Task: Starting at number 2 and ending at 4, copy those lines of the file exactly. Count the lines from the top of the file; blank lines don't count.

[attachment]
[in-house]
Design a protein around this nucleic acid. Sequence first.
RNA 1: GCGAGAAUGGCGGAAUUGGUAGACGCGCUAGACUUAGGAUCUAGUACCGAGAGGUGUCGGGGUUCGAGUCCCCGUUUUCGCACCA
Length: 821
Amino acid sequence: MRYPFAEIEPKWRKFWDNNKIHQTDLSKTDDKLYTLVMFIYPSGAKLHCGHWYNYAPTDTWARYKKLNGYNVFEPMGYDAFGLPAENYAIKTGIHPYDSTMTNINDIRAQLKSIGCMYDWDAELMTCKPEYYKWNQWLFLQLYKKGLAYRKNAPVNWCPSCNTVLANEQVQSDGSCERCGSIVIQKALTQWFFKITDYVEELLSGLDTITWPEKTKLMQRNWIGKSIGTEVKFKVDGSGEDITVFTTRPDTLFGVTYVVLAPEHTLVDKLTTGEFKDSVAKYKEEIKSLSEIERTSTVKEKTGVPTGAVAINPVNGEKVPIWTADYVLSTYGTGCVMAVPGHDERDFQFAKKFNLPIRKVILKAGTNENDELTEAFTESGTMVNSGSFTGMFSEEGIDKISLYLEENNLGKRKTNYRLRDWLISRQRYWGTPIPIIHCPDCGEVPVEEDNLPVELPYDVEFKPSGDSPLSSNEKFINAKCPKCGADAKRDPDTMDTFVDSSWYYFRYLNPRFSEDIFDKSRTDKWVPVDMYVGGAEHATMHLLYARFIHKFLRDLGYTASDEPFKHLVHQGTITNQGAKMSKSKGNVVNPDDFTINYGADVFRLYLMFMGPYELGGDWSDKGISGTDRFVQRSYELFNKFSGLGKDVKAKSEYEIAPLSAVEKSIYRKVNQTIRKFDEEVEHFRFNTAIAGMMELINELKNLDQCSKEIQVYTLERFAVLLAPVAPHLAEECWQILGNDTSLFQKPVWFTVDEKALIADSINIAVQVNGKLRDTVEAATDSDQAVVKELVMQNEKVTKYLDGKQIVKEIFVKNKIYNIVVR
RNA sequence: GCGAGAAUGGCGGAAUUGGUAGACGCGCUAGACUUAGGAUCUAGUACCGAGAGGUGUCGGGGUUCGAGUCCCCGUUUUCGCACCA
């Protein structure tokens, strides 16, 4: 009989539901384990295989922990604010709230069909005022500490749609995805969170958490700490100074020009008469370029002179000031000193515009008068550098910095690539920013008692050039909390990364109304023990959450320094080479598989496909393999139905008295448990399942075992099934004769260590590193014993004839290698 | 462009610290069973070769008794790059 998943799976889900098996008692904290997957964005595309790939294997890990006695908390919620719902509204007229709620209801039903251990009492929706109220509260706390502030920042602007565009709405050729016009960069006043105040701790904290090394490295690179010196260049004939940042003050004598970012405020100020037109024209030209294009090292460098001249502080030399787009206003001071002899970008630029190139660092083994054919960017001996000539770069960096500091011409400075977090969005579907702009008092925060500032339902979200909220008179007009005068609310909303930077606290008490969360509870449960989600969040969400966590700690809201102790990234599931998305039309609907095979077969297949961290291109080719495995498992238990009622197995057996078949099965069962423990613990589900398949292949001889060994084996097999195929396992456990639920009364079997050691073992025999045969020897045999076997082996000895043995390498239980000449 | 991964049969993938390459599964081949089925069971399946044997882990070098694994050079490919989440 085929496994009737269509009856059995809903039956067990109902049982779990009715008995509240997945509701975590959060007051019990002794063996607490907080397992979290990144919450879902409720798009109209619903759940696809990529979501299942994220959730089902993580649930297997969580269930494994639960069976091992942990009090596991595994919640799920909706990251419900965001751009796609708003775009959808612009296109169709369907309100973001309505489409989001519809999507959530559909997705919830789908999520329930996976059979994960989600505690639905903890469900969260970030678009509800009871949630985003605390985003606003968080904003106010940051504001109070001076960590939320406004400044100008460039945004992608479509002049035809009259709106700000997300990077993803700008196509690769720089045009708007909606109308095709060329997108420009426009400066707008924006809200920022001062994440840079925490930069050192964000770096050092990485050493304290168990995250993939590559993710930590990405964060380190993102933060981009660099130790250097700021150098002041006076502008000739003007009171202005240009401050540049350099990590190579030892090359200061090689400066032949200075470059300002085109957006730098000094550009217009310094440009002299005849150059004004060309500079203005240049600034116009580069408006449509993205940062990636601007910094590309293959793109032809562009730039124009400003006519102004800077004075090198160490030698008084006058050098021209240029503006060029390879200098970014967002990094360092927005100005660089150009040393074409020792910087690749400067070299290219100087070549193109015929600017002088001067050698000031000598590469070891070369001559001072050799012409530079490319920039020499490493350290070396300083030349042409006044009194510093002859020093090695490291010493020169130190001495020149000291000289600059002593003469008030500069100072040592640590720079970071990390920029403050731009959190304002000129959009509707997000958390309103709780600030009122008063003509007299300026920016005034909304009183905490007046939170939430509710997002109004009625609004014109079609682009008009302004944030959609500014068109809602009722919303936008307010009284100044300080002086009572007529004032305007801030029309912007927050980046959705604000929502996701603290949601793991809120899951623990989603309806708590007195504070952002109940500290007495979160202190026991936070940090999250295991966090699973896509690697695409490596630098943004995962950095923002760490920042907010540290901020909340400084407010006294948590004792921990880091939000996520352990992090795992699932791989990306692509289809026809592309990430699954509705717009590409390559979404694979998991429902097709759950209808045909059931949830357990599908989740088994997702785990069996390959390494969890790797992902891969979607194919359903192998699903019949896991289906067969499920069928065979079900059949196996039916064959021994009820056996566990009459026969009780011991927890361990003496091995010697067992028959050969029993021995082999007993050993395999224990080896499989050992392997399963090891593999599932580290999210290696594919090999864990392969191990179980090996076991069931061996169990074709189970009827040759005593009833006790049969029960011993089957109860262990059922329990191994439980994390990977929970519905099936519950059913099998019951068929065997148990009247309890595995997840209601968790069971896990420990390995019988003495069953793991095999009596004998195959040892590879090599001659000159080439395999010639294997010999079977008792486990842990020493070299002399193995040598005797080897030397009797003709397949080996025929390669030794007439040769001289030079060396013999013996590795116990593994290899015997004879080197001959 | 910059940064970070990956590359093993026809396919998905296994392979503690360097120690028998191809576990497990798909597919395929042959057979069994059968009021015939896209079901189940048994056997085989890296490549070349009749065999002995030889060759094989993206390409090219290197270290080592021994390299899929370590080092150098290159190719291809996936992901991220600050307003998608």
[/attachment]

Design a protein around this nucleic acid. Sequence first.
RNA 1: GCGAGAAUGGCGGAAUUGGUAGACGCGCUAGACUUAGGAUCUAGUACCGAGAGGUGUCGGGGUUCGAGUCCCCGUUUUCGCACCA
Length: 821